England's captain Eoin Morgan lifts the World Cup trophy as England's players celebrate their win. Photograph:( AFP )
The nail-biting final, which was tied, went into a Super Over which again was tied but England lifted the trophy by virtue of having scored more boundaries
The umpire who awarded England six runs from a freak overthrow in the last over of the World Cup final has admitted he made an "error" and should have given one run fewer, a report said Sunday.
A throw to the stumps deflected off the bat of a diving Ben Stokes as he tried to complete a second run and raced to the boundary, with Sri Lankan umpire Kumar Dharmasena awarding six.
Three balls later the scores at 50 overs were tied as England reached 241 all out replying to New Zealand's 241-8.
It took the nail-biting final to a Super Over which again was tied but England lifted the trophy by virtue of having scored more boundaries.
Critics, including former leading umpire Simon Taufel, said England should have been awarded five runs, not six, as the batsmen had not crossed for the second run at the moment the ball was thrown.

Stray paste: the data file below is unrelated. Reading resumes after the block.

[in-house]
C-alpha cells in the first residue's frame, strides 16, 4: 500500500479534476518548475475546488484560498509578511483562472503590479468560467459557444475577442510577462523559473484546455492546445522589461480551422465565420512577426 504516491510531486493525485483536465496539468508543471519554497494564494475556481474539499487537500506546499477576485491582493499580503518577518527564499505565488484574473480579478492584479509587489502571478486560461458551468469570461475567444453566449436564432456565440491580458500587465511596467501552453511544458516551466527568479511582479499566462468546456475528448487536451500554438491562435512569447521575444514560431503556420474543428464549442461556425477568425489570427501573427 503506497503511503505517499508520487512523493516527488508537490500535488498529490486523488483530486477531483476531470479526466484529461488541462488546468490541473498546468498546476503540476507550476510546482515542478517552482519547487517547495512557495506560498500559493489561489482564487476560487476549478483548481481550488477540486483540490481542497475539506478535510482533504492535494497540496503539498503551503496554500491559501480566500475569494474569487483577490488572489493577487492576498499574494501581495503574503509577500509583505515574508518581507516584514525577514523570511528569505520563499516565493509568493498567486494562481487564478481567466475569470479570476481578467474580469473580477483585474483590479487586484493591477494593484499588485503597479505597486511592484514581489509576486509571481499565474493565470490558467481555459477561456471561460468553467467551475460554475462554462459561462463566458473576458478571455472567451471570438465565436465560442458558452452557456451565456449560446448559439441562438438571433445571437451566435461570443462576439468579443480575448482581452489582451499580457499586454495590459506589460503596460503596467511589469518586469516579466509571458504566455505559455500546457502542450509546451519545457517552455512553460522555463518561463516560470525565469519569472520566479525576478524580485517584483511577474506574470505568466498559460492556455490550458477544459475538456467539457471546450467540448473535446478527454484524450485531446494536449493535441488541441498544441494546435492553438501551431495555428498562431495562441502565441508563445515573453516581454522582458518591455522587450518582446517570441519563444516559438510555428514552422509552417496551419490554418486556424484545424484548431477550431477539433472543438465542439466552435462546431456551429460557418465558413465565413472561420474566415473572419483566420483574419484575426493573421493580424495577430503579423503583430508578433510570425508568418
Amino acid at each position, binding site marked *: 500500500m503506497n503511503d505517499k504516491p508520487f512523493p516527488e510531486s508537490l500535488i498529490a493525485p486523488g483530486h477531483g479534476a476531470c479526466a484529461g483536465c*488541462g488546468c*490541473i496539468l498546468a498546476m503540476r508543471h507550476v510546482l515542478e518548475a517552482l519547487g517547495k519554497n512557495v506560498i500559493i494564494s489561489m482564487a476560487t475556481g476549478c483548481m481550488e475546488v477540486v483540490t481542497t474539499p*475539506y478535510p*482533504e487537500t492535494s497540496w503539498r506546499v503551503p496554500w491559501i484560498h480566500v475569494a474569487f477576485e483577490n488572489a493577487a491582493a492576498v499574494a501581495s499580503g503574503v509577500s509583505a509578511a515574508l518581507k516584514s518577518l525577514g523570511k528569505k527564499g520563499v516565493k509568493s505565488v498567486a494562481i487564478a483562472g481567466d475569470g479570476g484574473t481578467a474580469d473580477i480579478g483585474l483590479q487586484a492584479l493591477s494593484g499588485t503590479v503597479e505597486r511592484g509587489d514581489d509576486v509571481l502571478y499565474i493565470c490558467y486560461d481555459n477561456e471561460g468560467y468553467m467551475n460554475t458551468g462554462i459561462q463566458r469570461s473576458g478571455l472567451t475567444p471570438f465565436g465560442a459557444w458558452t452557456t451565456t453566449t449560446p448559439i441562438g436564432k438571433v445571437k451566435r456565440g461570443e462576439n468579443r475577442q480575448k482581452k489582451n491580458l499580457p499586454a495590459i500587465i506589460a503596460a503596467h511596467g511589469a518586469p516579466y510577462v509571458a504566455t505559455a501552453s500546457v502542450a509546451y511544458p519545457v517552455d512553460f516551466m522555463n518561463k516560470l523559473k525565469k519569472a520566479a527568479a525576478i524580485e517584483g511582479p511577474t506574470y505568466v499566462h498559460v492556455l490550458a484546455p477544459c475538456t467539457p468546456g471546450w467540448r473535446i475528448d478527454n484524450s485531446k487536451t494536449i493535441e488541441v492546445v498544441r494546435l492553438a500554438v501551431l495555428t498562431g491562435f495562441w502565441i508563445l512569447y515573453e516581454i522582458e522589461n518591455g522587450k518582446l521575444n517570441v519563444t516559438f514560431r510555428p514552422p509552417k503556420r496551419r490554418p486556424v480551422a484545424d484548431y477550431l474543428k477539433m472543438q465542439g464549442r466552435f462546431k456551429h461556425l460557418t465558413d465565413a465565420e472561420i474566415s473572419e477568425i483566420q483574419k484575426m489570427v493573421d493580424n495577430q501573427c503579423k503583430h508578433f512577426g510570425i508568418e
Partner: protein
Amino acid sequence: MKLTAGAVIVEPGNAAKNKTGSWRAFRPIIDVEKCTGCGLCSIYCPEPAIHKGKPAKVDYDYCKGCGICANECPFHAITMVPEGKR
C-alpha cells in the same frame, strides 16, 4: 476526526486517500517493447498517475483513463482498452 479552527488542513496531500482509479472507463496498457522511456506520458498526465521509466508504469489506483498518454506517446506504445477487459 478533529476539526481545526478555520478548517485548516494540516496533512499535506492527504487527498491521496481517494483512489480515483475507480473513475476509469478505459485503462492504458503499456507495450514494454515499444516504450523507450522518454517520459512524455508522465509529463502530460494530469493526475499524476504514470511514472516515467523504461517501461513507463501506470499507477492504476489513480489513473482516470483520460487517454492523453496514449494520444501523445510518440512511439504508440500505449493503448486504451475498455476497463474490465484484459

Former Sri Lankan Test player Dharmasena told the Sunday Times he did not have the benefit of television replays which showed the batsmen had not crossed.
"I agree that there was an error of judgement when I see it on TV replays now," Dharmasena, who was umpiring the final with South Africa's Marais Erasmus, told the local Sunday Times.
"But we did not have the luxury of TV replays at the ground and I do not regret the decision I made."
Dharmasena said he signalled six after consulting the other match officials. "So, I did consult the leg umpire (Erasmus) through the communication system which is heard by all other umpires and the match referee," he told the newspaper.
"While they cannot check TV replays, they all confirmed that the batsmen have completed the second run. This is when I made my decision."
Taufel had told Fox Sports Australia the umpires made a "clear mistake" as the batsmen had not crossed for their second run.
But the Australian also defended the match umpires, who he said had to make a complicated judgement, and said it would be "unfair" to say the decision altered the outcome of the tournament as it was impossible to now what would have happened in the final balls had five been awarded.